Same gender (sex) marriages are recognized in the United States in thirteen states, California, Connecticut, Delaware, Iowa, Maine, Maryland, Massachusetts, Minnesota, New Hampshire, New York, Rhode Island, Vermont, and Washington as well as the District of Columbia and five Native American Tribes.
A same gender (sex) marriage may be performed either in a secular civil ceremony or in a religious ceremony but must be performed in a jurisdiction that permits same gender (sex) marriage to qualify for US immigration purposes. However, once married the couple is free to reside any place of their choice and still remain qualified under the Immigration and Nationality Act.

r instance prior to Windsor a non immigrant person granted H-1B (specialty occupation visa) would not be permitted to obtain H-4 status for her or his same gender (sex) partner. After Windsor the same rational for granting permanent resident status to foreign nationals a lawful marriage should be applicable to non immigrant visa classifications. Some of the non immigrant classifications where this applies are E-1, E-2; F-1 & F-2; H-1 & H-4; J-2 & J-2; K-1; L-1 & L-2; M; O; P; Q; R; and TN& TD.

Same gender (sex) marriages are recognized in the United States in thirteen states, California, Connecticut, Delaware, Iowa, Maine, Maryland, Massachusetts, Minnesota, New Hampshire, New

“After … the decision by the Supreme Court holding that Section 3 of the Defense of Marriage Act (DOMA) is unconstitutional, President Obama directed federal departments to ensure the decision and its implication for federal benefits for same-sex legally married couples are implemented swiftly and smoothly.  To that end, effective immediately, I have directed U.S. Citizenship and Immigration Services (USCIS) to review immigration visa petitions filed on behalf of a same-sex spouse in the same manner as those filed on behalf of an opposite-sex spouse.” 

The Citizenship and Immigration Service (CIS) has issued guidance that same gender couples where one spouse is a U.S. citizen or a lawful permanent resident in a same gender (sex) marriage to a foreign national may file an immigrant visa petition for the foreign national spouse. Eligibility to petition for the foreign national spouse and the foreign national’s eligibility to be granted lawful resident status will be determined according to the applicable immigration laws and not be denied solely as a result of the same gender (sex) of the marriage. This applies to couples in same gender (sex) relationships that are married in a state that recognizes same gender relations but living in a state that does not. CIS will look to the law of the place where the marriage took place (comity) in making a determination of validity for immigration purposes.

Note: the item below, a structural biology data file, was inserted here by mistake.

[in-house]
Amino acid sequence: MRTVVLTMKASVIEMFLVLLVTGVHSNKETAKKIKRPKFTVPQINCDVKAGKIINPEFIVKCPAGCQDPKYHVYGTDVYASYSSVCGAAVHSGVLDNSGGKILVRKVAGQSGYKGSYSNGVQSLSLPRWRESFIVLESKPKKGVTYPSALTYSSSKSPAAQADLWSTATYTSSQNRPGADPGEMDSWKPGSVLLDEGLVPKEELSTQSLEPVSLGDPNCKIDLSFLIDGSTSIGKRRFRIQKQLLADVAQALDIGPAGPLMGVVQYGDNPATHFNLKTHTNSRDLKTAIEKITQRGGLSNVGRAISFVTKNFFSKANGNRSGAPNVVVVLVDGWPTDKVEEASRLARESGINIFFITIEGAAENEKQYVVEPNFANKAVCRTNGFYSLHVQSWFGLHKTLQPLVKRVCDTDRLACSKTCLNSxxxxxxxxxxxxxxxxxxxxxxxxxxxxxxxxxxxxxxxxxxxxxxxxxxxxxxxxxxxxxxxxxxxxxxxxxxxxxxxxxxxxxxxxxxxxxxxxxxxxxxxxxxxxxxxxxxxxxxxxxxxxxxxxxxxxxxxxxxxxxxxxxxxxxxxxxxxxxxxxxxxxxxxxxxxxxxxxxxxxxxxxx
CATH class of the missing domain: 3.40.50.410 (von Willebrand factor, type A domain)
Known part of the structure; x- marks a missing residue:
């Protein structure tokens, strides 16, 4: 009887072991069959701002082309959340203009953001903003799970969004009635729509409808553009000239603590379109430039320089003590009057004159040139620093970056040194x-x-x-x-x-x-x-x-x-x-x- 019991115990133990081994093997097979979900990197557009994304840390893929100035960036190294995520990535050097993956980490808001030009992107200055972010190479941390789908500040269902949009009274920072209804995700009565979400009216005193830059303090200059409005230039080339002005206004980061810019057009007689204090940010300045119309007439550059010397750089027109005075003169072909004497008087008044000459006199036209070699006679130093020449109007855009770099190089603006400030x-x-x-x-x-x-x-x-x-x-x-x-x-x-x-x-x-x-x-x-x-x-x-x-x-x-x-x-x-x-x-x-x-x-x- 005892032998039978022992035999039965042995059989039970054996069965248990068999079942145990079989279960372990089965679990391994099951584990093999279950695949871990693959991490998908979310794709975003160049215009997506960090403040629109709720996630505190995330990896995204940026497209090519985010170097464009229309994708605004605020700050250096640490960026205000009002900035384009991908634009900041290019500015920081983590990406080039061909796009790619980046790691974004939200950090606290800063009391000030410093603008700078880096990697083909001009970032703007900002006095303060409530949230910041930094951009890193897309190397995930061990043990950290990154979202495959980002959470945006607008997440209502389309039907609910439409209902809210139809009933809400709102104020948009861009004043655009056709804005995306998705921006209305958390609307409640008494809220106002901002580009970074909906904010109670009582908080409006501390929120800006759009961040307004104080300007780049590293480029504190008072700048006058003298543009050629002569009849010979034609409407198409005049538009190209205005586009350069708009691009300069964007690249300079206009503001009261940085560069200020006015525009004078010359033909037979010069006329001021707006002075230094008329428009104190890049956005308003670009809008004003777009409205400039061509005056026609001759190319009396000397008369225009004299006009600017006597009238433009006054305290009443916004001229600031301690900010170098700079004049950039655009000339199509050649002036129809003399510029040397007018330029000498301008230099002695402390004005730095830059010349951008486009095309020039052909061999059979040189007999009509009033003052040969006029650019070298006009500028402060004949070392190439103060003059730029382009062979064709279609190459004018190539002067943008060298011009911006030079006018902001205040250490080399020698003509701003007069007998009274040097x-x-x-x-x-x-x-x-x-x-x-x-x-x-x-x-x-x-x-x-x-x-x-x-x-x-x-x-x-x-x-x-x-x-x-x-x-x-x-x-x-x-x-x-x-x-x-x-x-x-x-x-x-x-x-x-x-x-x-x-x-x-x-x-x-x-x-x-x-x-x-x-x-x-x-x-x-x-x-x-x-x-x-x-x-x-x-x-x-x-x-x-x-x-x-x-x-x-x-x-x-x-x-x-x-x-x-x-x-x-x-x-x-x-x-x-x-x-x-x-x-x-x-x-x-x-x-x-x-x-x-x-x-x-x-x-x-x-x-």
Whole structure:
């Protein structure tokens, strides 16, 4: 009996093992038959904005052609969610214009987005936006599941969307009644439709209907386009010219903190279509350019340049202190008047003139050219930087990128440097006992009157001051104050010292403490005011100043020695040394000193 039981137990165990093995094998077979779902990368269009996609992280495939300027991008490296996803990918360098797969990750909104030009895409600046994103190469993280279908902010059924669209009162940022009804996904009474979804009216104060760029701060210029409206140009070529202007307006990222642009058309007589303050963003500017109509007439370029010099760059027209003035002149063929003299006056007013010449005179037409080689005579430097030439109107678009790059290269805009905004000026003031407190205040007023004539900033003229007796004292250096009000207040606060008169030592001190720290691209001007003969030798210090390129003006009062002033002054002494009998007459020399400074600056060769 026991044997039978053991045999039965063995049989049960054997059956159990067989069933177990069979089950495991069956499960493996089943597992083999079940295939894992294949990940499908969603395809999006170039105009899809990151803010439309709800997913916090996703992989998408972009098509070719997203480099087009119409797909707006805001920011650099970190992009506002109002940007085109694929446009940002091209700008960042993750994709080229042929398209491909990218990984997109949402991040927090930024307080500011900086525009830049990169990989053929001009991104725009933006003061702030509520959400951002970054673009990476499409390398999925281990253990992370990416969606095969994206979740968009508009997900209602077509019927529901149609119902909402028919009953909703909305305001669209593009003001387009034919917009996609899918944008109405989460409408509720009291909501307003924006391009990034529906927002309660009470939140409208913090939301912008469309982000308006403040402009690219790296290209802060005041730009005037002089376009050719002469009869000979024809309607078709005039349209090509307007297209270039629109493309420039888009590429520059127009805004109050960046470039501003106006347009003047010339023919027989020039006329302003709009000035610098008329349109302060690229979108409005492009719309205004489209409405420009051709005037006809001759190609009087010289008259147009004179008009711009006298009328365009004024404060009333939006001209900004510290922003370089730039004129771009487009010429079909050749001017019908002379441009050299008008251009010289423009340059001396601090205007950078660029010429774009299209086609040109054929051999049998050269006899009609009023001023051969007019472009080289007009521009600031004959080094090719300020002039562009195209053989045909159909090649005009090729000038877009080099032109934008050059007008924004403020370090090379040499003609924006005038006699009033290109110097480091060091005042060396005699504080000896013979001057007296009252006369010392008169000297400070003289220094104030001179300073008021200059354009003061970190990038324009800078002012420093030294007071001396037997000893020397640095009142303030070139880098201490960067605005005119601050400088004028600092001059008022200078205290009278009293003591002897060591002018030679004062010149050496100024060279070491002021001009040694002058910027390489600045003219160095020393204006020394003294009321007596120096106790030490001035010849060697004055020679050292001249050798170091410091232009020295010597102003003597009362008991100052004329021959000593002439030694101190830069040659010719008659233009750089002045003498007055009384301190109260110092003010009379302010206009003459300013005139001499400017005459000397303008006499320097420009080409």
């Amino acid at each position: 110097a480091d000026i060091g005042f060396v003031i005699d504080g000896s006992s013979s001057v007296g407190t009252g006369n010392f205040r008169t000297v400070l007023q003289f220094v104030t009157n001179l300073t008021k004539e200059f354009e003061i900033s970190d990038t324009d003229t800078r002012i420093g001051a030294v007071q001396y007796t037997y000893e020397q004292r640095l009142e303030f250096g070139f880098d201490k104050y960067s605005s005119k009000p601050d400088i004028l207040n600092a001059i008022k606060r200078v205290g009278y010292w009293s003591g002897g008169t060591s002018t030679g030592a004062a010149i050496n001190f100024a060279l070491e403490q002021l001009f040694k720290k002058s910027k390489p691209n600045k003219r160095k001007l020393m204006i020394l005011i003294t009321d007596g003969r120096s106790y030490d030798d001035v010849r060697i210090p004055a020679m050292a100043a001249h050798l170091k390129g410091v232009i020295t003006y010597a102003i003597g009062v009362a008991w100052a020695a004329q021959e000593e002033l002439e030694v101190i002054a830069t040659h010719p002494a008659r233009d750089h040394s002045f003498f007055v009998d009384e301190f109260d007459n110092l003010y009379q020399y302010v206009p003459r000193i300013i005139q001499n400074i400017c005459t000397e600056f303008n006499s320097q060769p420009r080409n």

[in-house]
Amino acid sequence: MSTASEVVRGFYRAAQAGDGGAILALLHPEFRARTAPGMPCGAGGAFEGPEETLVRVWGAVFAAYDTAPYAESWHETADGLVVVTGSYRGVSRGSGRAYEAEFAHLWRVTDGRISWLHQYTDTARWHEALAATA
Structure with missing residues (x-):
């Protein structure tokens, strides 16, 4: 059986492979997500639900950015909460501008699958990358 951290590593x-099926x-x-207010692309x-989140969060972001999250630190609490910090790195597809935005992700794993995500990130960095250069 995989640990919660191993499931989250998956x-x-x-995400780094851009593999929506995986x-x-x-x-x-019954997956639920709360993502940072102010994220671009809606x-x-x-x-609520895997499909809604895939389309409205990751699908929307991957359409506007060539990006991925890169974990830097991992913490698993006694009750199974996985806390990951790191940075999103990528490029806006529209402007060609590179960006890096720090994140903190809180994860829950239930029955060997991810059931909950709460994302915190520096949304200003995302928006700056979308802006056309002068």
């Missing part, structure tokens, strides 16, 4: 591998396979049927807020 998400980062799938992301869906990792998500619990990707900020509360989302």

While neither the Secretary of Homeland Security nor CIS have commented on non immigrant visas or status, it is very likely that spouse in a same gender marriage will also be accorded the same rights and privileges as heterosexual couples receive in the non immigrant process. For instance prior to Windsor a non immigrant person granted H-1B (specialty occupation visa) would not be permitted to obtain H-4 status for her or his same gender (sex) partner. After Windsor the same rational for granting permanent resident status to foreign nationals a lawful marriage should be applicable to non immigrant visa classifications. Some of the non immigrant classifications where this applies are E-1, E-2; F-1 & F-2; H-1 & H-4; J-2 & J-2; K-1; L-1 & L-2; M; O; P; Q; R; and TN& TD.

Same gender (sex) marriages are recognized in the United States in thirteen states, California, Connecticut, Delaware, Iowa, Maine, Maryland, Massachusetts, Minnesota, New Hampshire, New York, Rhode Island, Vermont, and Washington as well as the District of Columbia and five Native American Tribes.
A same gender (sex) marriage may be performed either in a secular civil ceremony or in a religious ceremony but must be performed in a jurisdiction that permits same gender (sex) marriage to qualify for US immigration purposes. However, once married the couple is free to reside any place of their choice and still remain qualified under the Immigration and Nationality Act.